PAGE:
How can FNC compete in bidding for EMS business? For one thing, FNC can draw on the purchasing power of its parent Fujitsu, which buys $20 billion worth of materials a year. “We know that we can get at least as competitive prices on any of the raw material when you compare our purchasing power even with the revenue streams of some of the tier-one EMS suppliers,” said Boehm. “The other thing is that Fujitsu is fairly well vertically integrated.” So FNC can source inside Fujitsu optical and other components that Fujitsu sells to the rest of the world.
This announcement is bad news to those who expect major outsourcing from a Japanese OEM like Fujitsu. “We believe manufacturing is a core competency inside Fujitsu. So you don’t see Fujitsu, in total, outsourcing our manufacturing,” said Boehm.
Moreover, Fujitsu is not the only Japanese OEM to offer manufacturing services (Nov. ’01, p. 3). “Instead of outsourcing by divesting to major EMS players, Japanese OEMs can get a better return – sometimes in the short term and definitely over the long term – by taking on additional work from OEMs. We feel they will look at putting together EMS divisions internally before looking to outsource to another player,” said Mark Zetter, president of Venture Outsource Group (San Jose, CA). Zetter’s firm has worked with Japanese OEMs that are setting up EMS divisions or outsourcing. He pointed out that Japanese OEMs are attracted to the Japanese market’s untapped EMS potential estimated at $200 billion for 2001.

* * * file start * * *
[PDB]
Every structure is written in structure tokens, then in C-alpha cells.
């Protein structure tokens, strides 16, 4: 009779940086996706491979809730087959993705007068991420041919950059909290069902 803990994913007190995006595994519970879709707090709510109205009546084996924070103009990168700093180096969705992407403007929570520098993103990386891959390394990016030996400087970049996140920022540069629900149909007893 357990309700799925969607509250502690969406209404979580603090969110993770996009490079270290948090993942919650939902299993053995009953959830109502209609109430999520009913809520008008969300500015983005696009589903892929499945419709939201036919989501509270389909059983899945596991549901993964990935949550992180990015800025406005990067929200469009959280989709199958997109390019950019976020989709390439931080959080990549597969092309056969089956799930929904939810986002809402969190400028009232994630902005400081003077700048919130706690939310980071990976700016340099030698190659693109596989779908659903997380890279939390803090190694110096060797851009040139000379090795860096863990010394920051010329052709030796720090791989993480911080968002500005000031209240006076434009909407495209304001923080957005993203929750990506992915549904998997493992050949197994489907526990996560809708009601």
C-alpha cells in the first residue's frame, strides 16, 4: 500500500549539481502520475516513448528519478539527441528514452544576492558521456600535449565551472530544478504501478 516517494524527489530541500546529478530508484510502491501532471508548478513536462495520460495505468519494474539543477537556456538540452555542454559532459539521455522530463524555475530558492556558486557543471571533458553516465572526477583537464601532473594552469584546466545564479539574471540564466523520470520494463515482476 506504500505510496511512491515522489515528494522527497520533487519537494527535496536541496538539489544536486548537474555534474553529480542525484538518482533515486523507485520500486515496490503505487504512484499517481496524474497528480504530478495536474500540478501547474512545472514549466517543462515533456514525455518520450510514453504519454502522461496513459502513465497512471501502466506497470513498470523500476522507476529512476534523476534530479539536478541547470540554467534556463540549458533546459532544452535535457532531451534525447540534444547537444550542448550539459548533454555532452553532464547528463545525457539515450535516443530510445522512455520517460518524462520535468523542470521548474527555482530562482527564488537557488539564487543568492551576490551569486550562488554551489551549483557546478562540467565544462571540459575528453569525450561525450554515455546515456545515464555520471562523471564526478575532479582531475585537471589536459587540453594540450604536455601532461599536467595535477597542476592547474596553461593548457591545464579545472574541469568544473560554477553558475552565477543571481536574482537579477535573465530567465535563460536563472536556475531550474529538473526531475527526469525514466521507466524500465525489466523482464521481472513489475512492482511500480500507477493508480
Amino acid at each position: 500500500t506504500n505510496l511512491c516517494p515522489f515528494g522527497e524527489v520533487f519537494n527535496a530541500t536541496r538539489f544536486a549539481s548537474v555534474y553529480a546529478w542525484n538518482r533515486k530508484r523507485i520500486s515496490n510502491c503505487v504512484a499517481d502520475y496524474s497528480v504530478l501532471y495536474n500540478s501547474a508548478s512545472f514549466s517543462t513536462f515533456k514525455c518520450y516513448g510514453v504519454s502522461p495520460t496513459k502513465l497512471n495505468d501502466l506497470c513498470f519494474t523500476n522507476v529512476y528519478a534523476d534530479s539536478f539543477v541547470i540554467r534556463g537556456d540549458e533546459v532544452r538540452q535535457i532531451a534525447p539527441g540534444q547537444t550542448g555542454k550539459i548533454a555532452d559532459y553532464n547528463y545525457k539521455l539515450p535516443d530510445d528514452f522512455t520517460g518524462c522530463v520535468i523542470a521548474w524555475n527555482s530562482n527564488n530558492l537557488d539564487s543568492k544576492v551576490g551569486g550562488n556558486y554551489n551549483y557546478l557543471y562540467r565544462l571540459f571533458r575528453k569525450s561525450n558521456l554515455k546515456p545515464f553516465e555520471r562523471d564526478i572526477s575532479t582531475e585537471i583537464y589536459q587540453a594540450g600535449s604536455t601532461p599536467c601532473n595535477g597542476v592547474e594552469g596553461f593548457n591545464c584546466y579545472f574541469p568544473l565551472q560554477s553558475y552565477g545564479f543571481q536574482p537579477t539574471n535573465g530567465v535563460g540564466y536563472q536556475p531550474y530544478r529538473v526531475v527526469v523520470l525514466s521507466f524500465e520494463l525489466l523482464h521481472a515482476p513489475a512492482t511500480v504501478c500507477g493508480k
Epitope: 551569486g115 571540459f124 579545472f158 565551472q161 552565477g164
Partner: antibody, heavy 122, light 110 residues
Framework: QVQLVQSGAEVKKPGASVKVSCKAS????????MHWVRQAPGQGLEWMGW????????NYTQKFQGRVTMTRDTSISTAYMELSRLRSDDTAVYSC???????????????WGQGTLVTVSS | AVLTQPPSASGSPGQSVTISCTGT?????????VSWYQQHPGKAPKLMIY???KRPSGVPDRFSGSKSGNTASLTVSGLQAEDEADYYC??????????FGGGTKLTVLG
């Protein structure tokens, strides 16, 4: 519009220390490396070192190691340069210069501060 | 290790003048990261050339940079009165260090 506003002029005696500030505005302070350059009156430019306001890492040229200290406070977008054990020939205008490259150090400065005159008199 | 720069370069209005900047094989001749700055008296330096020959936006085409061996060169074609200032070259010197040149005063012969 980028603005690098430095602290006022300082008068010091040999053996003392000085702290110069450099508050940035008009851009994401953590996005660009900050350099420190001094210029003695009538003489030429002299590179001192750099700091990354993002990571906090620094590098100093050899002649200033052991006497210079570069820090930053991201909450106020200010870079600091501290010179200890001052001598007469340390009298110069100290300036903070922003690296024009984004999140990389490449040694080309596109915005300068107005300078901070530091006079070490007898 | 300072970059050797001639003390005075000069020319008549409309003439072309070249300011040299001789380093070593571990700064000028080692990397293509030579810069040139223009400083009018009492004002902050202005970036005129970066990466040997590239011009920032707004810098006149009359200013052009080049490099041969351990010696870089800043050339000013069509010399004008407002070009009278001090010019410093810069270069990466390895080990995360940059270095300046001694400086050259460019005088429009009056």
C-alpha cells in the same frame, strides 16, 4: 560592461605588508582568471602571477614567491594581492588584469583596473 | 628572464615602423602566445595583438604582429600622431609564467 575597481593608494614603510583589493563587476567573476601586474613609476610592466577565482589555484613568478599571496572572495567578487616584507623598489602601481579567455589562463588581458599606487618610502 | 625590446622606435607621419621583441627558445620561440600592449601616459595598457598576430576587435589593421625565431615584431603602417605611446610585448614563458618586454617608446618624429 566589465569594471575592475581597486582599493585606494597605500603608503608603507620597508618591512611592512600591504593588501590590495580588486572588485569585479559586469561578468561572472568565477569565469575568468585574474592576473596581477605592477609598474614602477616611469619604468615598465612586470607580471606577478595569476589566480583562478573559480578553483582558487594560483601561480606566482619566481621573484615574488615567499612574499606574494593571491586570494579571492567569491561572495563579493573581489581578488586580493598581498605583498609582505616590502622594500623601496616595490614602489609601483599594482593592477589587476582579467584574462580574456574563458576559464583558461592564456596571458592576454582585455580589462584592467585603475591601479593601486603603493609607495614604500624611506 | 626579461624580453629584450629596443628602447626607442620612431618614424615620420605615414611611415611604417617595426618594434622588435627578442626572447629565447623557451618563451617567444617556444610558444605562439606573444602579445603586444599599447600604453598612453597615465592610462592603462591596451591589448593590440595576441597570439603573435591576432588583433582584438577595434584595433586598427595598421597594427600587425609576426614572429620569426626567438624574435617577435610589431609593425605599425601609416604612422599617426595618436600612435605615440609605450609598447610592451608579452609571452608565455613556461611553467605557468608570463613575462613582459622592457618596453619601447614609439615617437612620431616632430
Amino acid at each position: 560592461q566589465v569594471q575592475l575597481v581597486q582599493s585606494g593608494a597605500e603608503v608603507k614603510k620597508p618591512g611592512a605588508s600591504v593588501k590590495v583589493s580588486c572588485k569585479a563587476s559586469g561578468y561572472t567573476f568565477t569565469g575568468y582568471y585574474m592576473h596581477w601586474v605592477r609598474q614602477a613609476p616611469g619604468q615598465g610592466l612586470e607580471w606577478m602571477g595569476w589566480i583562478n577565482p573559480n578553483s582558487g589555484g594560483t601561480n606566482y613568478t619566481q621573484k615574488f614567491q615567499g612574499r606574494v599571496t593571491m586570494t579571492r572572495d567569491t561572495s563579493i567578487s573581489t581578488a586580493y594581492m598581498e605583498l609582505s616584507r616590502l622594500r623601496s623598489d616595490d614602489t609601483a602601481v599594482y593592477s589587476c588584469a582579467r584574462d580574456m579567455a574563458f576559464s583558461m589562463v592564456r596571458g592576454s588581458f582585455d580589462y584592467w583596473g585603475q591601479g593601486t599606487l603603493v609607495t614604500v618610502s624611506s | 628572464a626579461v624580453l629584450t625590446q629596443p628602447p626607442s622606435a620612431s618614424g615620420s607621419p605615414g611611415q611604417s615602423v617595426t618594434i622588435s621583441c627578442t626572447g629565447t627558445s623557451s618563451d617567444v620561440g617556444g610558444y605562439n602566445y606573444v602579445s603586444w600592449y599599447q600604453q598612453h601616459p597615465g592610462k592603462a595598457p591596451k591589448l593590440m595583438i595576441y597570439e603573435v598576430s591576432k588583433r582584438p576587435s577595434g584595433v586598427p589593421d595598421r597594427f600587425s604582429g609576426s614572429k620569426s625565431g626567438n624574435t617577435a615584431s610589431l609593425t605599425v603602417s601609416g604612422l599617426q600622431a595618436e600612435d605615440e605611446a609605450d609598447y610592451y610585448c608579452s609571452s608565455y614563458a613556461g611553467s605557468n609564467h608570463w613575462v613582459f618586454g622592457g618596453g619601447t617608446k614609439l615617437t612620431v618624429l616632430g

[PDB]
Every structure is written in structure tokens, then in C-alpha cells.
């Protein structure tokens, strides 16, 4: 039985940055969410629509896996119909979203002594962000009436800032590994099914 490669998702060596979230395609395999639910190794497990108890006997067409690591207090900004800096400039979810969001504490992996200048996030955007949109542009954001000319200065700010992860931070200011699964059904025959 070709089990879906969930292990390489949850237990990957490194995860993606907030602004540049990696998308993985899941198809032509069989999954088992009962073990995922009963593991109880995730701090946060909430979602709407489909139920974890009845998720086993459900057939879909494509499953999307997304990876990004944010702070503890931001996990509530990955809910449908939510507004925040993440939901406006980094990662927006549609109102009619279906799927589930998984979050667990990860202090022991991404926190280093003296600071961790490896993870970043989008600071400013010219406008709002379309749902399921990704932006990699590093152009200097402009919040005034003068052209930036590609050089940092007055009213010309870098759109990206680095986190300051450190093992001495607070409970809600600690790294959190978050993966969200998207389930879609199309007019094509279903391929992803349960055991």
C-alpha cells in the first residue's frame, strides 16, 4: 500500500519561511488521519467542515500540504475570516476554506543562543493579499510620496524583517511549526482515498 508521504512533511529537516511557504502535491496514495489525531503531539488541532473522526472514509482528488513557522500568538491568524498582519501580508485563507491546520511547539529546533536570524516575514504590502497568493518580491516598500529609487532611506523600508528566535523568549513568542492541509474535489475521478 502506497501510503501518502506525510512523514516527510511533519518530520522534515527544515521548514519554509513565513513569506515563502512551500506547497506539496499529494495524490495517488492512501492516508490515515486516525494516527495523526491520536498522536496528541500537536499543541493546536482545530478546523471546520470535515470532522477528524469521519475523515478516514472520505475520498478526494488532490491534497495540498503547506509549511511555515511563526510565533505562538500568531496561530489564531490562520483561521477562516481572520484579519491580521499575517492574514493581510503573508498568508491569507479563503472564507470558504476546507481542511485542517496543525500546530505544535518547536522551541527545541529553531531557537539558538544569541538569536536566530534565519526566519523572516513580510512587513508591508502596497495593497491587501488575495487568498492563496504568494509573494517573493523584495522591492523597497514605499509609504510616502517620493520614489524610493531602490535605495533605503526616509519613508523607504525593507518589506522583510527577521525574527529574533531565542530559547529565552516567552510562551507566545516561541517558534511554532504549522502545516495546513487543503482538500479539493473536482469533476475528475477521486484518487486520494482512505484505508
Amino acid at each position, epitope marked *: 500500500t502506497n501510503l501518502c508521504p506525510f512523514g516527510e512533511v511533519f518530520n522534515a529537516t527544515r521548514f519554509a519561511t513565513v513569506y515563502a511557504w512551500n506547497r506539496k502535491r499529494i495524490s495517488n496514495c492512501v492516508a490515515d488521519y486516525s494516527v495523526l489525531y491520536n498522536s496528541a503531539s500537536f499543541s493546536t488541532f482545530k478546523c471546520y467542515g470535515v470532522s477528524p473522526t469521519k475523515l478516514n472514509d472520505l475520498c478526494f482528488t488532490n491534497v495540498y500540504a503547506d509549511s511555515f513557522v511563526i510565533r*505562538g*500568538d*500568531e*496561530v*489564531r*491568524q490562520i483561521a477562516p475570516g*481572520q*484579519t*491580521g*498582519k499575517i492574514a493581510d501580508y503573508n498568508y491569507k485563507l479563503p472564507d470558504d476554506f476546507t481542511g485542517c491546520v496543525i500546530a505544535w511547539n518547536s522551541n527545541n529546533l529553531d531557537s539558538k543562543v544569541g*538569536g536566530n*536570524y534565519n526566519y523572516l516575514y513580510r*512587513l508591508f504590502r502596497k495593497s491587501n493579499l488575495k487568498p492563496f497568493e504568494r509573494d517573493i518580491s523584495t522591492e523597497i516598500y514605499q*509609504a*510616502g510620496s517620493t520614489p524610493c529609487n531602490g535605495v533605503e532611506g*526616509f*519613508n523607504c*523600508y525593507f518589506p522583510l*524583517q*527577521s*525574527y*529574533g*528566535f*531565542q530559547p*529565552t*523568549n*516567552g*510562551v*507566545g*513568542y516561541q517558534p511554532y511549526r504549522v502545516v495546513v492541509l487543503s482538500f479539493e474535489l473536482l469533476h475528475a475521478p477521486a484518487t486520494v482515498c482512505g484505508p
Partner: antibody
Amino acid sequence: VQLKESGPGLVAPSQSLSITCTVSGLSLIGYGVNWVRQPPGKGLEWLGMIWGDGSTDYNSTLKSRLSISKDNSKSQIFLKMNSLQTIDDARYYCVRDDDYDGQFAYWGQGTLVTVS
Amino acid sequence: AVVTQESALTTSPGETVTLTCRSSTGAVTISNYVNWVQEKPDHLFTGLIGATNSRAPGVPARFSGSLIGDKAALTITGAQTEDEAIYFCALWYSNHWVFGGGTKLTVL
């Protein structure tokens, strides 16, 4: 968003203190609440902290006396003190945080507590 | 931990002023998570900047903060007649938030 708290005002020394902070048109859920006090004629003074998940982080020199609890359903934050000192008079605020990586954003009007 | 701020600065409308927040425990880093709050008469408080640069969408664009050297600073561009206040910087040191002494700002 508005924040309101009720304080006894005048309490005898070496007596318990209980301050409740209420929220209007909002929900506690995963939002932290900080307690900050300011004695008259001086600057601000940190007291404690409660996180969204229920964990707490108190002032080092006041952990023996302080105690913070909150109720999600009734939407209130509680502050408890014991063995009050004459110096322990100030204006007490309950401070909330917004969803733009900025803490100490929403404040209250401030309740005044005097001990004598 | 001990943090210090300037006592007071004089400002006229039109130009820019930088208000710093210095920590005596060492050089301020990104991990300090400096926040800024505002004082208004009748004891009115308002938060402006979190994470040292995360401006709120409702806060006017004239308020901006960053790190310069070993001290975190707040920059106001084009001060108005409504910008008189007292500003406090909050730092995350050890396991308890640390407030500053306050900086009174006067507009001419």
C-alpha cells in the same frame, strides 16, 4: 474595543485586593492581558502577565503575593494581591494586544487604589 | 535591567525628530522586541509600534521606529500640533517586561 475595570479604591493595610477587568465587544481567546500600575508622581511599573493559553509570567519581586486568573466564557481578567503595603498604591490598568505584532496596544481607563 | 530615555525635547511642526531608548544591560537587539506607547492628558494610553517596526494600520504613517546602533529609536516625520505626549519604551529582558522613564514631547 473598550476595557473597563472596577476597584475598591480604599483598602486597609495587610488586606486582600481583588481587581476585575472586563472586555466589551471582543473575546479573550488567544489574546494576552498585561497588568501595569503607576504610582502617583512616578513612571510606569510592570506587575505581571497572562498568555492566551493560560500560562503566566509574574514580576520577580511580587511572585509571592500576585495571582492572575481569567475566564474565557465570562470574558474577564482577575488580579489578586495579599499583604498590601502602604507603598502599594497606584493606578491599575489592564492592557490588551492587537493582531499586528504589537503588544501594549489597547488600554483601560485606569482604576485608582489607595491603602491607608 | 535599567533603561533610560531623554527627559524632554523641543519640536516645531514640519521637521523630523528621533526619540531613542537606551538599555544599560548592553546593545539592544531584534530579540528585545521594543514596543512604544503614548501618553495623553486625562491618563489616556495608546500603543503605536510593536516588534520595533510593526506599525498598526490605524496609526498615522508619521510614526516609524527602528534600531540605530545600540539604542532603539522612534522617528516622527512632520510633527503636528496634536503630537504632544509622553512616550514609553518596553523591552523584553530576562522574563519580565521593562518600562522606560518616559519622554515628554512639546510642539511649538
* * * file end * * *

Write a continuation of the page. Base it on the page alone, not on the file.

To engage in EMS, however, Japanese OEMs may need to revise their cost accounting. “An average EMS business has a range of anywhere from 150 to 250 cost buckets. Our experience has been that the Japanese have about 10% of that to manage a relatively comparable business revenue model,” said Zetter.
Still, OEMs in general do not have a track record of staying with a contract manufacturing business. Look at Philips selling EMS and manufacturing operations to Jabil (see p. 6) or Siemens putting its EMC operations on the block (Aug., p. 6). Will FNC be any different? “There’s no trend nor reason for us to essentially walk back away from offering manufacturing services to our own customers with our own products or back away from contract manufacturing as well,” Boehm responded.
“I believe that when you have a core competency that is as well developed and honed as we have here, it would be a tremendous mistake to outsource that to someone else. You simply lose too much in terms of quality and efficiency of operations,” he said.
Printing Industry Supplier Offering EMS